Many bivalve mollusks display remarkable sex differentiation of gonadal accumulation of manganese (Mn), but the underlying processes responsible for such differences have seldom been explored. In this study, the accumulation of Mn in male and female gonads during the reproductive cycle of oysters was first examined, and the distributions of Mn in oocytes and sperm cells at different developmental stages were imaged by the nanoscale secondary ion mass spectrometry (NanoSIMS) at the subcellular level. We found that the distribution and accumulation of Mn during oogenesis were closely associated with the formation and translocation of cortical granules. This is the first time that the enrichment of Mn was directly visualized in cortical granules, which was identified as the major storage site of Mn in oocytes of oysters. Yolk granules were revealed as another storage pool of Mn in oyster oocytes with lower accumulation. In contrast, Mn was mainly distributed in the nucleus of sperm cells with accumulation levels much lower than those in cortical and yolk granules of oocytes. These results demonstrated great differences of the subcellular localization and accumulation capacity of Mn between oocytes and sperm cells in oysters, implying the sex differentiation in susceptibility of reproductive response to Mn stress. Our study also highlights the importance of gender difference in future biomonitoring and ecotoxicological studies of Mn in marine bivalves.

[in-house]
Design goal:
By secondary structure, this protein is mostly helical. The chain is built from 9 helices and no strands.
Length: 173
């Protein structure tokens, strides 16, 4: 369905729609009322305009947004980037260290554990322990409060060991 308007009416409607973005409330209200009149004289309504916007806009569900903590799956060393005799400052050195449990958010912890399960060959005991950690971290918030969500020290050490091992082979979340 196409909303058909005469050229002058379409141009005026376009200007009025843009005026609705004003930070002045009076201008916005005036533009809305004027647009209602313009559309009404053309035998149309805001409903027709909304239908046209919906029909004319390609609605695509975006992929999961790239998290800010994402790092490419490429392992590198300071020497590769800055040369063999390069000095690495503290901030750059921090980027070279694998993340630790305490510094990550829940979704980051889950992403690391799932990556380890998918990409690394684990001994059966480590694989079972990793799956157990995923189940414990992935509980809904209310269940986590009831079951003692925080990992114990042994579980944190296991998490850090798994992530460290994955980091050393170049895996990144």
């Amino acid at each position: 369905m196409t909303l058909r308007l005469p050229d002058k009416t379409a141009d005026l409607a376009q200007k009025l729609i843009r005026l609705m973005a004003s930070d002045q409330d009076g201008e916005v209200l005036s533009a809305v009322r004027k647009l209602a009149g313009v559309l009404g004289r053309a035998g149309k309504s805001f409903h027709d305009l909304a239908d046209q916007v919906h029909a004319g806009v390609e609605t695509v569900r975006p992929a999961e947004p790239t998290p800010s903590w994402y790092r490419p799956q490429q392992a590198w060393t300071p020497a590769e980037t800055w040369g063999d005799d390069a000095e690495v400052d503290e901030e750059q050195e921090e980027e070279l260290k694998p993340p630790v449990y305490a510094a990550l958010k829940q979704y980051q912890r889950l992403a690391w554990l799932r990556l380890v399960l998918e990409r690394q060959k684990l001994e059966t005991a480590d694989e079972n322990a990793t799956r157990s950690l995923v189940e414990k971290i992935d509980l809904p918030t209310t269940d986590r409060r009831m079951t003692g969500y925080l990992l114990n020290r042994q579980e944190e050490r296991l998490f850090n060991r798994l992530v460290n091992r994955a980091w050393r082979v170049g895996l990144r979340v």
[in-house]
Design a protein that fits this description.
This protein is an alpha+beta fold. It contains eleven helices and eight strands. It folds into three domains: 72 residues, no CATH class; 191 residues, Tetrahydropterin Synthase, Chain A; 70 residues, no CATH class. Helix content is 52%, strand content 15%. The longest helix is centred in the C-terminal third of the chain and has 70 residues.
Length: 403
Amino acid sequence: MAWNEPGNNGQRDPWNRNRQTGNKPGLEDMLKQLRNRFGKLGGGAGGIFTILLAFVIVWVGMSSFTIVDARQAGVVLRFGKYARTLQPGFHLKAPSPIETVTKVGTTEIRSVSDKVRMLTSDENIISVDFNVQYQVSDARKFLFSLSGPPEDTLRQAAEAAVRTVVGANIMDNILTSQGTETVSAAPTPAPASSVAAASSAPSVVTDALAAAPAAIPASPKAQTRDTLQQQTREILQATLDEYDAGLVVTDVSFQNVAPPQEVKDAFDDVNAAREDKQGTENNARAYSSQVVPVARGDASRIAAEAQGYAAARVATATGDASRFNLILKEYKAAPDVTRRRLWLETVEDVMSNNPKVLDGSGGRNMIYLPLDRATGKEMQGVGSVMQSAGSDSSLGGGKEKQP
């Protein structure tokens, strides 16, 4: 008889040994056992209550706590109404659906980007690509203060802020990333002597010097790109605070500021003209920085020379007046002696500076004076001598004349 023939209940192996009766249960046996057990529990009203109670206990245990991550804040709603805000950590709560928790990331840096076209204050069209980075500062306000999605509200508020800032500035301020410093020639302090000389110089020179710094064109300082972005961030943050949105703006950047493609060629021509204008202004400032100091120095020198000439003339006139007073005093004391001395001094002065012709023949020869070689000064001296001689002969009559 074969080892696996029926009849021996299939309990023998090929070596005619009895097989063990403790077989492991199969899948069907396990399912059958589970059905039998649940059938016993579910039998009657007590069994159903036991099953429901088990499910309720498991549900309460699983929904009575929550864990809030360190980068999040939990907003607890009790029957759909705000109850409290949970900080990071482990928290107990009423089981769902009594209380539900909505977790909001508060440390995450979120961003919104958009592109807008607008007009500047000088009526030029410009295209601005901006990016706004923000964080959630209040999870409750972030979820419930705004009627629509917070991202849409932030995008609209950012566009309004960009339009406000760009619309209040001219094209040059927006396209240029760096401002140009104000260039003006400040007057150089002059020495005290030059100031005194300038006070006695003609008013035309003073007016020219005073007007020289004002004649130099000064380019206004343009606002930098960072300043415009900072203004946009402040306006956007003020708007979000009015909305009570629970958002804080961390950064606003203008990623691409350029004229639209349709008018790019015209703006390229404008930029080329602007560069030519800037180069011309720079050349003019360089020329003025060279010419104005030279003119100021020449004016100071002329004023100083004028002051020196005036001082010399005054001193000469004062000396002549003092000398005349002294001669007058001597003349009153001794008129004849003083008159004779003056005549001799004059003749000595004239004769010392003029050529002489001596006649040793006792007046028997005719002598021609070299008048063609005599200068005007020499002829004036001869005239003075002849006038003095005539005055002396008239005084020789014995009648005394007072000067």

|Number of pages||13|
|Journal||Environmental Science and Technology|
|Publication status||Published - 15 Jun 2021|